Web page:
Yet there was no deal to cut. Instead, the high-powered lawyers were getting a tutorial in the arcane vagaries of veterans law.
â€œThis could be the VAâ€™s worst nightmare,â€ Bart Stichman, one of the organizers, enthused from the podium. â€œHundreds of attorneys from around the country providing legal service to veterans for free.â€
The recent gathering at Sidley Austin, a firm with 1,700 lawyers around the globe, is part of a growing effort to provide free legal help to thousands of veterans returning from
â€œThere are 100,000 veterans seeking benefits, and too many of them are waiting too long to get them,â€ says Ron Abrams, who, with Stichman, directs the National Veterans Legal Services Program, a non-profit group in
The approach marks the first time since the Civil War that attorneys have been recruited in large numbers to represent veterans. The lawyers hope their legal expertise will speed consideration of claims and result in better benefits for veterans, Stichman says. More than 50 of the largest law firms in the
Law schools join cause
Amanda Smith, an attorney with the Philadelphia-based firm Morgan Lewis, says many of the participating lawyers are
Besides the push by big law firms, law schools in states such as the Carolinas, Virginia, Delaware, Michigan and Illinois also are offering free services to veterans.
Craig Kabatchnick, who worked as a VA appellate attorney from 1990 until 1995, launched a clinic last January for veterans at North Carolina Central Universityâ€™s law school, where he now teaches.
â€œWe had all kinds of veterans who were very disabled, litigating against trained attorneys like myself who were defending the VA,â€ Kabatchnick says. The VA would â€œwinâ€ if the claim was denied, Kabatchnick says. â€œDid we litigate to win? Absolutely. In cases where the veteran was representing himself, the win ratio was very high.â€
Paul Hutter, the VAâ€™s general counsel, says its attorneys have â€œan ethical obligation to fairly and justlyâ€ review claims and settle â€œmeritorious cases quickly.â€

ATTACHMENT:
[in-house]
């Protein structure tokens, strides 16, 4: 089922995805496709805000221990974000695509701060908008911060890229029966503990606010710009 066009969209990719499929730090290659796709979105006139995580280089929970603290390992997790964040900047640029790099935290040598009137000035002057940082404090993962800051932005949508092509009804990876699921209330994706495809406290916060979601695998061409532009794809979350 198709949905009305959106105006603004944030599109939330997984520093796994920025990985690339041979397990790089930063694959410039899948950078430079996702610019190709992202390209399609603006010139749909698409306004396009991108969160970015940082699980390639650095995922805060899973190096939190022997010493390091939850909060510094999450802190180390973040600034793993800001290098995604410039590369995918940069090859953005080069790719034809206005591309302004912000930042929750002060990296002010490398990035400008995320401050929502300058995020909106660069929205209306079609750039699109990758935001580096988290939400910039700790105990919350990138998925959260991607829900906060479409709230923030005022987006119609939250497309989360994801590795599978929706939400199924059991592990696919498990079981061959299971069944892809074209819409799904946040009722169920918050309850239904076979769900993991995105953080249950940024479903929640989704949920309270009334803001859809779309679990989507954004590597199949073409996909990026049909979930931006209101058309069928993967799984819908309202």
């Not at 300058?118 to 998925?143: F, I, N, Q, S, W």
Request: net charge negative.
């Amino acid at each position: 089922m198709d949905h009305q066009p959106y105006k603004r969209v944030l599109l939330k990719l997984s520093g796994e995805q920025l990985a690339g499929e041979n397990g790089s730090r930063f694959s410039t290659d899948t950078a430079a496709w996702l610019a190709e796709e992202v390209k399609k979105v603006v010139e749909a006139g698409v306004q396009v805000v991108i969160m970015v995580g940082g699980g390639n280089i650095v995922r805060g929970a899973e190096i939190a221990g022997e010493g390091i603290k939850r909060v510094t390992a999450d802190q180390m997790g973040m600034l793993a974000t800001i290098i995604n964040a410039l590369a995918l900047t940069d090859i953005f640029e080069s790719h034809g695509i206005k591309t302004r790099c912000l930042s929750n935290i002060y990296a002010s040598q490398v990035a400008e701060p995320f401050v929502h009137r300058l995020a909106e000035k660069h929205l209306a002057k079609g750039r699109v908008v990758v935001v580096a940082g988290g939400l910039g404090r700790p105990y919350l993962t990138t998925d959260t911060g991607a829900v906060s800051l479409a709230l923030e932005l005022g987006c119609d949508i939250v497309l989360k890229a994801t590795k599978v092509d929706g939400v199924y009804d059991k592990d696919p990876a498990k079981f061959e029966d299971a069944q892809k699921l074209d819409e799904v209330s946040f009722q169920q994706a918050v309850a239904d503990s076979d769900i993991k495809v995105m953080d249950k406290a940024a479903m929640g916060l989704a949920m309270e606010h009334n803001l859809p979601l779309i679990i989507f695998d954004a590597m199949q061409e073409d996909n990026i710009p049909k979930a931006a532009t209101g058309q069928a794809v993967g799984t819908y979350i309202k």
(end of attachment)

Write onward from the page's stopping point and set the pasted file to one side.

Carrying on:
â€œOur job is to ensure that veterans get the benefits allowed them by law,â€ he says in an e-mail.
Disability claims have increased from 578,773 in fiscal 2000 to 838,141 this year, according to VA figures. There are about 407,000 pending. The average processing time is 177 days, the VA says.
Change in law lifted restrictions
Traditionally, veterans have represented themselves or sought assistance from a service organization, such as the American Legion or the Veterans of Foreign Wars. But many of the caseworkers in those groups are overloaded with cases, Stichman says, and sometimes one volunteer oversees 1,000 veteransâ€™ claims.
The approach has not led to quick compensation for veterans. Evidence supporting a veteranâ€™s claim â€” medical records or letters from colleagues â€” is not always submitted with the original claim. When that evidence is added later, it can lead to reversals or requests for reconsideration. That can add more than a year to the appeals process, the VA says.
The Board of Veterans Appeals either reverses or orders reconsideration of decisions made by VA regional offices 56% of the time, according to an analysis of VA figures by Stichmanâ€™s group. Congress has long kept attorneys at arms-length from the veteransâ€™ disability process. Until last June, when federal law changed, paid attorneys could not work on cases until after a final decision by the Board of Veteransâ€™ Appeals. The VA is now considering regulations that would require all attorneys to pass a test in order to qualify to handle veteransâ€™ claims, according to Phil Budahn, a department spokesman.
Service organizations, including the Disabled American Veterans and Veterans of Foreign Wars, vigorously fought the change in law. They are now pushing to repeal the law and support requiring a test, arguing that lawyers could turn what is supposed to be a non-adversarial process into a litigious one.
â€œThe fear was lawyers will dominate, and theyâ€™ll ruin everything,â€ says Thomas Reed, a law professor at Widener University in Wilmington, Del., who began offering free legal services to veterans in 1997.
Lawyers not the cure-all
Joe Violante, national legislative director of the Disabled American Veterans, which represents 1.3 million veterans, says trained volunteers from the service organizations are far more experienced at representing veteransâ€™ claims than the newly recruited lawyers.
â€œIf the veteran is under the impression that an attorney is going to get their claim through faster, thereâ€™s no proof of that,â€ he says.
Ron Flagg, a Sidley attorney involved in the pro bono veteransâ€™ project, says there are so many claims that the system is overwhelmed.
â€œLawyers are not the cure to all ills,â€ he says. â€œBut this is a problem where lawyers can be helpful.â€
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